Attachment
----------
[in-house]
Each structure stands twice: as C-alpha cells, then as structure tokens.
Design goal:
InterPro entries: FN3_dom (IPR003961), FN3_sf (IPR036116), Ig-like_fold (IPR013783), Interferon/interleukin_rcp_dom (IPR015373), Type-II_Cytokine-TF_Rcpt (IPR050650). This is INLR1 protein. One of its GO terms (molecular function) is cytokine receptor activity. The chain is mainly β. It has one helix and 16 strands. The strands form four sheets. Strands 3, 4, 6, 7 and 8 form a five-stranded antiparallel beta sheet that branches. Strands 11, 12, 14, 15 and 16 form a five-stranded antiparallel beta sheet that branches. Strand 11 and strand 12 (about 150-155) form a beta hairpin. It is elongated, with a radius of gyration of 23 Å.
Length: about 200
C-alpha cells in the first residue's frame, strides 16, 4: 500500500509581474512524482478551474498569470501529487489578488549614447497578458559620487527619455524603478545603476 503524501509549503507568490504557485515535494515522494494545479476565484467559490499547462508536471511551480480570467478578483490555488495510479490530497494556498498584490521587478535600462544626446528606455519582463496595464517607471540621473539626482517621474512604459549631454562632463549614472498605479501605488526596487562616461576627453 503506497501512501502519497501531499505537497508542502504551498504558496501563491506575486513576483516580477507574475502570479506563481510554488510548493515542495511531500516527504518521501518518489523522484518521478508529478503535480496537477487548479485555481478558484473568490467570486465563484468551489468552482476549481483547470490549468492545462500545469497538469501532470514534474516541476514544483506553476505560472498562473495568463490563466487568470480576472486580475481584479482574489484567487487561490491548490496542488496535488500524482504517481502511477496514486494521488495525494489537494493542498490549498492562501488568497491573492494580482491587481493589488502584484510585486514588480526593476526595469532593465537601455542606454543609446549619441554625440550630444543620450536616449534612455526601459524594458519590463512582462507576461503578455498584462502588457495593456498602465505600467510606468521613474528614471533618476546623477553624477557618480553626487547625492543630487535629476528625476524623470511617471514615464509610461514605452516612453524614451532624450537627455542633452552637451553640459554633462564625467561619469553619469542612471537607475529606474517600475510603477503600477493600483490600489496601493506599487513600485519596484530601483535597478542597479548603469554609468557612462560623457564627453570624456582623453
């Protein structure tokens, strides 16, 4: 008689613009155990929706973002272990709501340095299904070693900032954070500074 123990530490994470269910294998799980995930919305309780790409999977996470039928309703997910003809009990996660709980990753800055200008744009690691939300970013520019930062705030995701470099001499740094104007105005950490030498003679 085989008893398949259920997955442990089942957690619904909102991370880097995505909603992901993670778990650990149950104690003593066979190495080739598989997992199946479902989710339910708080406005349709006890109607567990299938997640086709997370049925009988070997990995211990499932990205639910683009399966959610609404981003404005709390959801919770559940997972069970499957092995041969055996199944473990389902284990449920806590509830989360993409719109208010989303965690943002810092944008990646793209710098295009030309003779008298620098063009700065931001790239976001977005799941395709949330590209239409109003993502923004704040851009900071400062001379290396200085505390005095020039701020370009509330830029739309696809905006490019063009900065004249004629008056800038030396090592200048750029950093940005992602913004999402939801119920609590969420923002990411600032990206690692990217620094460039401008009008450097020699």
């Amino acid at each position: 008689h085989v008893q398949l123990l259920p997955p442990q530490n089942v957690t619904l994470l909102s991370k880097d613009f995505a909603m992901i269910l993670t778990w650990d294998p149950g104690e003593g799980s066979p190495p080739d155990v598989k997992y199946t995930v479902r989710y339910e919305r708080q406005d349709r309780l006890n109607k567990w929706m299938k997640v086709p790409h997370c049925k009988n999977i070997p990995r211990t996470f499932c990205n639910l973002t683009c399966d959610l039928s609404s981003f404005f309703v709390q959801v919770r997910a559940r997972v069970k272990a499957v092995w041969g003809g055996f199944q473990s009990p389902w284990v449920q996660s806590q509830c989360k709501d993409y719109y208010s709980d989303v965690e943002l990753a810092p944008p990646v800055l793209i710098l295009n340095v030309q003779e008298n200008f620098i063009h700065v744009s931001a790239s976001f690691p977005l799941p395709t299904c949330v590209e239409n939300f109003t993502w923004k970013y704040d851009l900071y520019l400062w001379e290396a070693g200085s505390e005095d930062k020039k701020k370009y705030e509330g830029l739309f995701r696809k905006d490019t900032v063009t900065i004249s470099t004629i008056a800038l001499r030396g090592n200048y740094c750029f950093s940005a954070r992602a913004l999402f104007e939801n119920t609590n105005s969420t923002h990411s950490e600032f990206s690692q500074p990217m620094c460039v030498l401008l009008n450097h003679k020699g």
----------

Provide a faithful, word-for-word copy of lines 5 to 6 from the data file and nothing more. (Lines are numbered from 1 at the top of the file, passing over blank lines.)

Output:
Length: about 200
C-alpha cells in the first residue's frame, strides 16, 4: 500500500509581474512524482478551474498569470501529487489578488549614447497578458559620487527619455524603478545603476 503524501509549503507568490504557485515535494515522494494545479476565484467559490499547462508536471511551480480570467478578483490555488495510479490530497494556498498584490521587478535600462544626446528606455519582463496595464517607471540621473539626482517621474512604459549631454562632463549614472498605479501605488526596487562616461576627453 503506497501512501502519497501531499505537497508542502504551498504558496501563491506575486513576483516580477507574475502570479506563481510554488510548493515542495511531500516527504518521501518518489523522484518521478508529478503535480496537477487548479485555481478558484473568490467570486465563484468551489468552482476549481483547470490549468492545462500545469497538469501532470514534474516541476514544483506553476505560472498562473495568463490563466487568470480576472486580475481584479482574489484567487487561490491548490496542488496535488500524482504517481502511477496514486494521488495525494489537494493542498490549498492562501488568497491573492494580482491587481493589488502584484510585486514588480526593476526595469532593465537601455542606454543609446549619441554625440550630444543620450536616449534612455526601459524594458519590463512582462507576461503578455498584462502588457495593456498602465505600467510606468521613474528614471533618476546623477553624477557618480553626487547625492543630487535629476528625476524623470511617471514615464509610461514605452516612453524614451532624450537627455542633452552637451553640459554633462564625467561619469553619469542612471537607475529606474517600475510603477503600477493600483490600489496601493506599487513600485519596484530601483535597478542597479548603469554609468557612462560623457564627453570624456582623453